The operator is m-dissipative (see Proposition 3.9.2 of [16]) and hence it generates a strongly continuous semigroup. Due to (2.2), the following Lipschitz condition holds:

(2.6) |

where Then by Theorem 6.1.2 of [14], a unique continuous mild solution of (2.5) in initialized by

exists in . If , then this mild solution is in and it is a classical solution of (2.1) with (see Theorem 6.1.5 of [14]).

We suggest a Luenberger type observer of the form:

(2.7) |

under the initial conditions and the boundary conditions

(2.8) |

where is the injection gain.

The well-posedness of (2.7), (2.8) will be established by showing the well-posedness of the estimation error . Taking into account (2.1), (2.3) we obtain the following PDE for the estimation error :

(2.9) |

under the boundary conditions

(2.10) |

Here and

The initial conditions for the error are given by

The boundary conditions on can be presented as

Let be a mild solution of (2.1). Then is continuous and, thus, the function defined as

satisfies the Lipschitz condition (2.6), where is replaced by . By the above arguments, where in the definition of we have , the error system (2.9), (2.10) has a unique mild solution initialized by Therefore, there exists a unique mild solution to the observer system (2.7), (2.8) with the initial conditions . If then is a classical solution of 2.9), (2.10) with for . Hence, if and , there exists a unique classical solution to the observer system (2.7), (2.8) with for .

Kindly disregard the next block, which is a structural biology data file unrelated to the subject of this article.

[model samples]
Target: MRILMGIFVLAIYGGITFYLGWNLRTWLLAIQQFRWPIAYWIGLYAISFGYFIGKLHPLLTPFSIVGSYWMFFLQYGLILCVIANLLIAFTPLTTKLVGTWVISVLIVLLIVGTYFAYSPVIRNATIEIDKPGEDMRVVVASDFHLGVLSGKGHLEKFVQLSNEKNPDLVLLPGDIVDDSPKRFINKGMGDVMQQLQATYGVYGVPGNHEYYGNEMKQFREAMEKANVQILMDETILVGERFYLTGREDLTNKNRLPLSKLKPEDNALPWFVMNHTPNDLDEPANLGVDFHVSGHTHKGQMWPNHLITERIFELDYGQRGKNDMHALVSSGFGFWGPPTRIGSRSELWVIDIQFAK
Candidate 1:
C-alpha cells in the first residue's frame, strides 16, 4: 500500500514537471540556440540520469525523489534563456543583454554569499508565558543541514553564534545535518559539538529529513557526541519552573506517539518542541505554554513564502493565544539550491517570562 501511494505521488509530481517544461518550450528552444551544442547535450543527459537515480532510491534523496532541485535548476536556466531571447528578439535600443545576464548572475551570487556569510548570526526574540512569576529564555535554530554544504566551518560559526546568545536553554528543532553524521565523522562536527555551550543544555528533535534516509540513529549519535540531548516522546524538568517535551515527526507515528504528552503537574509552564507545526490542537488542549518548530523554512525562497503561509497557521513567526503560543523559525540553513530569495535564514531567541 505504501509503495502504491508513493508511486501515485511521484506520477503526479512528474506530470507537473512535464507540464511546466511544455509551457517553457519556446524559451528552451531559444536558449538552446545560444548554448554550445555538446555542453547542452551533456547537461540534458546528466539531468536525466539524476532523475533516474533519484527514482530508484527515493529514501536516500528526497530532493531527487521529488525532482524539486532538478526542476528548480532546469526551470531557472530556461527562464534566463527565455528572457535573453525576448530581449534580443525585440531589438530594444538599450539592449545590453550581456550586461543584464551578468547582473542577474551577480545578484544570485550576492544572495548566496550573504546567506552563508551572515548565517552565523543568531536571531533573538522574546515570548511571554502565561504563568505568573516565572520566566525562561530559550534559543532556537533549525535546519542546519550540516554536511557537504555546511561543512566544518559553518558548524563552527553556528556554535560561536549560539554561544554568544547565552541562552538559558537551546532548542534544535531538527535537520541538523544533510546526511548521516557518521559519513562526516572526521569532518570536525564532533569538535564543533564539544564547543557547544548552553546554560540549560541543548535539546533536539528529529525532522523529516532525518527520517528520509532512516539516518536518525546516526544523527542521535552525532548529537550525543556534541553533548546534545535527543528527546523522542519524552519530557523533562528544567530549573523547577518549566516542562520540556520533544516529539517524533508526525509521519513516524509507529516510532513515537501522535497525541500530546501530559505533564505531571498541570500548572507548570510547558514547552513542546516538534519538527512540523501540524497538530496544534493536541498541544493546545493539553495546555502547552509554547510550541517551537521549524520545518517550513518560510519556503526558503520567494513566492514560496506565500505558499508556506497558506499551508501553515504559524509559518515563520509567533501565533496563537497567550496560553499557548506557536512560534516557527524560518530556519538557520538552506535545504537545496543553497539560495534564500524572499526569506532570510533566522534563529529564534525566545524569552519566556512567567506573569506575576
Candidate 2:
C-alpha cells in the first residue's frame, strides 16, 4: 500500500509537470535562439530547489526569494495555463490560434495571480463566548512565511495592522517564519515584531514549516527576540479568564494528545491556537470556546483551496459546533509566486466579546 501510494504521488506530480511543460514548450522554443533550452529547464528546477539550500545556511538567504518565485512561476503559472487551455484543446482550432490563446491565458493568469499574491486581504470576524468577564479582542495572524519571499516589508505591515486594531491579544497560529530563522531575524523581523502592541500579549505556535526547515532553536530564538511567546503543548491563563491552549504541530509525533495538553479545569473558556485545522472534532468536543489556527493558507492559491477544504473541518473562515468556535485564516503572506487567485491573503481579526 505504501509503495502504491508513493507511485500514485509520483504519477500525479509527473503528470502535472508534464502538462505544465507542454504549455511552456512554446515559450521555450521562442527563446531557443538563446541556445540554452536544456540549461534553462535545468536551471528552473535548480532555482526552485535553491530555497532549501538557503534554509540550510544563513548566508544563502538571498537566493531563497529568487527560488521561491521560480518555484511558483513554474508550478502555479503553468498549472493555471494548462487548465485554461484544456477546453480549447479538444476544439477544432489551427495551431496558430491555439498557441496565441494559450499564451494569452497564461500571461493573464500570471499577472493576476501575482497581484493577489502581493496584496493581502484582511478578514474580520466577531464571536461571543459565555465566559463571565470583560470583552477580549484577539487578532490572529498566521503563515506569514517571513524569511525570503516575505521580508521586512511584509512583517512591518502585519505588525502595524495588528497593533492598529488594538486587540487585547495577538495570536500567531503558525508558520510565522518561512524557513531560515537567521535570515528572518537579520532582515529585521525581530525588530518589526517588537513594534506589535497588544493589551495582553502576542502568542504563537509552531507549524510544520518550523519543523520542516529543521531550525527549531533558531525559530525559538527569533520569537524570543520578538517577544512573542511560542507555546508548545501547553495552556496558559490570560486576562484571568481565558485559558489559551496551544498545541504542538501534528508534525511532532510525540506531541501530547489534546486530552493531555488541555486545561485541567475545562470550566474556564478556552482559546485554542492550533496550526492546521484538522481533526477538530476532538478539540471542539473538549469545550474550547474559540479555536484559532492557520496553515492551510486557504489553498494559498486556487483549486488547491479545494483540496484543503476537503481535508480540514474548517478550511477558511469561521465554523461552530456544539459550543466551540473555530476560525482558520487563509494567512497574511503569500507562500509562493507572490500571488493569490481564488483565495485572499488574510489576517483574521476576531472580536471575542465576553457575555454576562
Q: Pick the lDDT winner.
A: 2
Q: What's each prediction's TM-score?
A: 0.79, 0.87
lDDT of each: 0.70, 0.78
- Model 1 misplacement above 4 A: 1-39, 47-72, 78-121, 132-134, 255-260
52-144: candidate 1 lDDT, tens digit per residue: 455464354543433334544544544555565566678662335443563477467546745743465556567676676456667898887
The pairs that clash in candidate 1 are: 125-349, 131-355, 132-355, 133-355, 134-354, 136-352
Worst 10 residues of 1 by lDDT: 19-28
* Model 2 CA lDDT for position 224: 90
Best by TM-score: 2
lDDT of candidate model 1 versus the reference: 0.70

### 2.2 Lyapunov function and useful inequalities

We will derive further sufficient conditions for the exponential stability of the error wave equation (2.9) under the boundary conditions (2.10). Let

(2.11) |

be the energy of the system. Consider the following Lyapunov function for (2.9), (2.10):

with some constant . Note that the above Lyapunov function without the last term was considered in [1, 6, 18]. The time derivative of this new term of cancels the same term with the opposite sign in the time derivative of (cf. (2.23) below) leading to LMI conditions for the exponential convergence of the error wave equation.

We will employ the following n-D extensions of the classical inequalities:

###### Lemma 1

Consider such that . Then the following n-D Wirtinger’s inequality holds:

(2.12) |

Moreover,

(2.13) |

Proof : Since , by the classical 1-D Wirtinger’s inequality [10]

Integrating the latter inequality in we obtain

with . Clearly the latter inequality holds for all , which after summation in yields (2.12).

Since we have by Sobolev’s inequality

that after integration in leads to

with . The latter inequality holds leading after summation in to (2.13).

### 2.3 Exponential stability of n-D wave equation

In this section we derive LMI conditions for the exponential stability of the estimation error equation. We start with the conditions for the positivity of the Lyapunov function:

###### Lemma 2